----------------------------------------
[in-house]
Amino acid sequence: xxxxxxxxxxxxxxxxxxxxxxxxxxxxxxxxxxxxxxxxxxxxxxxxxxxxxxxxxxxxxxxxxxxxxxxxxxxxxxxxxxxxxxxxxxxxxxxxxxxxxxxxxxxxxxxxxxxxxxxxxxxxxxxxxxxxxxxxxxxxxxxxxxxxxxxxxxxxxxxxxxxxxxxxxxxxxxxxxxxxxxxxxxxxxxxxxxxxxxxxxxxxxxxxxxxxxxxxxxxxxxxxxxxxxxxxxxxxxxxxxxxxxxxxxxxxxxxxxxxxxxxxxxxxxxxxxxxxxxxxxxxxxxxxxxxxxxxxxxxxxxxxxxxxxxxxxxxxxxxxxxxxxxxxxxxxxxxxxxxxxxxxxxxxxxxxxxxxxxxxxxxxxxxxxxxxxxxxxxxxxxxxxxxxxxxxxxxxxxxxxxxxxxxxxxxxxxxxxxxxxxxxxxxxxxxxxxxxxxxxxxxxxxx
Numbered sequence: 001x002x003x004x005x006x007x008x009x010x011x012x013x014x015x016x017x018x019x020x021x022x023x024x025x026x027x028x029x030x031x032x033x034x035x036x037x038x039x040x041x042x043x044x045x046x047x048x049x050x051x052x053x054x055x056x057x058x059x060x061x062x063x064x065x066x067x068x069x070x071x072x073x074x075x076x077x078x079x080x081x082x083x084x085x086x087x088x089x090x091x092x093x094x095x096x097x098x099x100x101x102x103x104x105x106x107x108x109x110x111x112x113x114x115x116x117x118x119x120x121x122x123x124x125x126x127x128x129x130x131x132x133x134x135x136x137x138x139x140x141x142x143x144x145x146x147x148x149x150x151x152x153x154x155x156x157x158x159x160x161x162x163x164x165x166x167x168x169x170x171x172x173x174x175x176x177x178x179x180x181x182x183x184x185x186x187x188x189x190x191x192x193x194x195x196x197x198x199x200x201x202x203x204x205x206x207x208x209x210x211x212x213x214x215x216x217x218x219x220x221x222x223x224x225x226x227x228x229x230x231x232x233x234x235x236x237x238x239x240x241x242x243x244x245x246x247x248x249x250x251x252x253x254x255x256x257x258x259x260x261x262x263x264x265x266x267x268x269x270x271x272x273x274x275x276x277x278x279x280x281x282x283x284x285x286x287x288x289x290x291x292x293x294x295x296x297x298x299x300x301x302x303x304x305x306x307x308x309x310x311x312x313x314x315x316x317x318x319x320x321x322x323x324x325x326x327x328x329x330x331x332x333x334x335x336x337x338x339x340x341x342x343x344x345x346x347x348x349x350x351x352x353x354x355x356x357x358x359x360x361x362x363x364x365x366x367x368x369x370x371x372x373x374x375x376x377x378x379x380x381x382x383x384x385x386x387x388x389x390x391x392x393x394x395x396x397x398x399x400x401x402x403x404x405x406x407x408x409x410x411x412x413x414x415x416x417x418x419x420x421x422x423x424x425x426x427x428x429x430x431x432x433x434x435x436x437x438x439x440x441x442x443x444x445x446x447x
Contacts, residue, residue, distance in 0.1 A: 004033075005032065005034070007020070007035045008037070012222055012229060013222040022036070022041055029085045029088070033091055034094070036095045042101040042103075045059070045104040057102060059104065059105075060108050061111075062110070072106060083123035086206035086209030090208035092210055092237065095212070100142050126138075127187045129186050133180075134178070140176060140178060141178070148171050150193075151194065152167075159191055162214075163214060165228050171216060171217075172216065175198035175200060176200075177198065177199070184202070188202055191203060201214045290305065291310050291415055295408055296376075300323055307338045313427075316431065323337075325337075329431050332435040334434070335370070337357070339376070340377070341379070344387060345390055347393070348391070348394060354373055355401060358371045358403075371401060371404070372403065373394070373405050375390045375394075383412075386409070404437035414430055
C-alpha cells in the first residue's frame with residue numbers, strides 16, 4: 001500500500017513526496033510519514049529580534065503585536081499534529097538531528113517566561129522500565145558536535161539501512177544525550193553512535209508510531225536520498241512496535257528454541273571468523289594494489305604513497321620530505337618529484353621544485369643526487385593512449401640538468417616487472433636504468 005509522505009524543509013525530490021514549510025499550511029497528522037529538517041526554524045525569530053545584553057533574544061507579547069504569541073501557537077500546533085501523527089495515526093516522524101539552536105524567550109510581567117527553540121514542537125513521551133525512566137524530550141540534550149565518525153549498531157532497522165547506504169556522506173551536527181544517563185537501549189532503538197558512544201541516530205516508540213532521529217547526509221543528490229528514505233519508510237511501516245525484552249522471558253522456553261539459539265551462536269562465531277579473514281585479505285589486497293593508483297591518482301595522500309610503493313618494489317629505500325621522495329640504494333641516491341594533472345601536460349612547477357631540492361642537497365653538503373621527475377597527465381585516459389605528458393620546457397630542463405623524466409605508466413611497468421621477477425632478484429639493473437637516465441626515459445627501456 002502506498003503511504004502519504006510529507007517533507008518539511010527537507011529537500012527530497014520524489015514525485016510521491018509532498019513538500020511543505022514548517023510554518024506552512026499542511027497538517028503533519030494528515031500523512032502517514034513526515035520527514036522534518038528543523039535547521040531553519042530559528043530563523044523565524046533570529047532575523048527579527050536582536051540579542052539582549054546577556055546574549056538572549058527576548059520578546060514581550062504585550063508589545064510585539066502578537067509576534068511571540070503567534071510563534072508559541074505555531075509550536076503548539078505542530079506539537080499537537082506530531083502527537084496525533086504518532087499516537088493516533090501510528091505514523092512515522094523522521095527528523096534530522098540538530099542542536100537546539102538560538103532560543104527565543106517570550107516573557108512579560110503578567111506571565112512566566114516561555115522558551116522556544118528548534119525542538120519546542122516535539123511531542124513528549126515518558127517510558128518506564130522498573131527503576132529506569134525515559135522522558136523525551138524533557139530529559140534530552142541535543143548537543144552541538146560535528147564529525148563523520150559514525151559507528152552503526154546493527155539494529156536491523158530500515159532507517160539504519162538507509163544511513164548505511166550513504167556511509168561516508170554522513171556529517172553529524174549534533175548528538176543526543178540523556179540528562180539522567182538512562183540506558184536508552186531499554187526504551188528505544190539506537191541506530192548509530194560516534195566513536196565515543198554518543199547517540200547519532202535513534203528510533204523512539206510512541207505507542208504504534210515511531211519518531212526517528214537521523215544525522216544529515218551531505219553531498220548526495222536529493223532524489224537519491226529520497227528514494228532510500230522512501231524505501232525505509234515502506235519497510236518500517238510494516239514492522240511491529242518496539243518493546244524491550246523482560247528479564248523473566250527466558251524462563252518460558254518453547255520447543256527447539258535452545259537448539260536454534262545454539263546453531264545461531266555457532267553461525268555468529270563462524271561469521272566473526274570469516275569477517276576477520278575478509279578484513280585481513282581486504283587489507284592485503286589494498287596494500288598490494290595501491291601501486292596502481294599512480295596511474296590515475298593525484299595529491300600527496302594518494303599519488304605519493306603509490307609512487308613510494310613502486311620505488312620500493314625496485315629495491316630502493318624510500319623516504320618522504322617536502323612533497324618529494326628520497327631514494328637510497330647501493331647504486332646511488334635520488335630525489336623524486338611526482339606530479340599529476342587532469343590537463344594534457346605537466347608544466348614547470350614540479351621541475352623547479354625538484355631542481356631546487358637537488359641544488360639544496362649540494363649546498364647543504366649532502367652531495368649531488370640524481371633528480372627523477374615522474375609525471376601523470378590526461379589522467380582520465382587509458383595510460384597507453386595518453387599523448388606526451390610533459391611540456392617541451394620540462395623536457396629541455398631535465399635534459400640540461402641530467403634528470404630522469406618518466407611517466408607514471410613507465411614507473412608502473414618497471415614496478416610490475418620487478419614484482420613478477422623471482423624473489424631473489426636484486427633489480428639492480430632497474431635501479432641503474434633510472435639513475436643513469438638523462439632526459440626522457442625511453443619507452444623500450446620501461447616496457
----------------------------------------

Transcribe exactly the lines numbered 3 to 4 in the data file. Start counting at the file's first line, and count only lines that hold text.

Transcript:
Numbered sequence: 001x002x003x004x005x006x007x008x009x010x011x012x013x014x015x016x017x018x019x020x021x022x023x024x025x026x027x028x029x030x031x032x033x034x035x036x037x038x039x040x041x042x043x044x045x046x047x048x049x050x051x052x053x054x055x056x057x058x059x060x061x062x063x064x065x066x067x068x069x070x071x072x073x074x075x076x077x078x079x080x081x082x083x084x085x086x087x088x089x090x091x092x093x094x095x096x097x098x099x100x101x102x103x104x105x106x107x108x109x110x111x112x113x114x115x116x117x118x119x120x121x122x123x124x125x126x127x128x129x130x131x132x133x134x135x136x137x138x139x140x141x142x143x144x145x146x147x148x149x150x151x152x153x154x155x156x157x158x159x160x161x162x163x164x165x166x167x168x169x170x171x172x173x174x175x176x177x178x179x180x181x182x183x184x185x186x187x188x189x190x191x192x193x194x195x196x197x198x199x200x201x202x203x204x205x206x207x208x209x210x211x212x213x214x215x216x217x218x219x220x221x222x223x224x225x226x227x228x229x230x231x232x233x234x235x236x237x238x239x240x241x242x243x244x245x246x247x248x249x250x251x252x253x254x255x256x257x258x259x260x261x262x263x264x265x266x267x268x269x270x271x272x273x274x275x276x277x278x279x280x281x282x283x284x285x286x287x288x289x290x291x292x293x294x295x296x297x298x299x300x301x302x303x304x305x306x307x308x309x310x311x312x313x314x315x316x317x318x319x320x321x322x323x324x325x326x327x328x329x330x331x332x333x334x335x336x337x338x339x340x341x342x343x344x345x346x347x348x349x350x351x352x353x354x355x356x357x358x359x360x361x362x363x364x365x366x367x368x369x370x371x372x373x374x375x376x377x378x379x380x381x382x383x384x385x386x387x388x389x390x391x392x393x394x395x396x397x398x399x400x401x402x403x404x405x406x407x408x409x410x411x412x413x414x415x416x417x418x419x420x421x422x423x424x425x426x427x428x429x430x431x432x433x434x435x436x437x438x439x440x441x442x443x444x445x446x447x
Contacts, residue, residue, distance in 0.1 A: 004033075005032065005034070007020070007035045008037070012222055012229060013222040022036070022041055029085045029088070033091055034094070036095045042101040042103075045059070045104040057102060059104065059105075060108050061111075062110070072106060083123035086206035086209030090208035092210055092237065095212070100142050126138075127187045129186050133180075134178070140176060140178060141178070148171050150193075151194065152167075159191055162214075163214060165228050171216060171217075172216065175198035175200060176200075177198065177199070184202070188202055191203060201214045290305065291310050291415055295408055296376075300323055307338045313427075316431065323337075325337075329431050332435040334434070335370070337357070339376070340377070341379070344387060345390055347393070348391070348394060354373055355401060358371045358403075371401060371404070372403065373394070373405050375390045375394075383412075386409070404437035414430055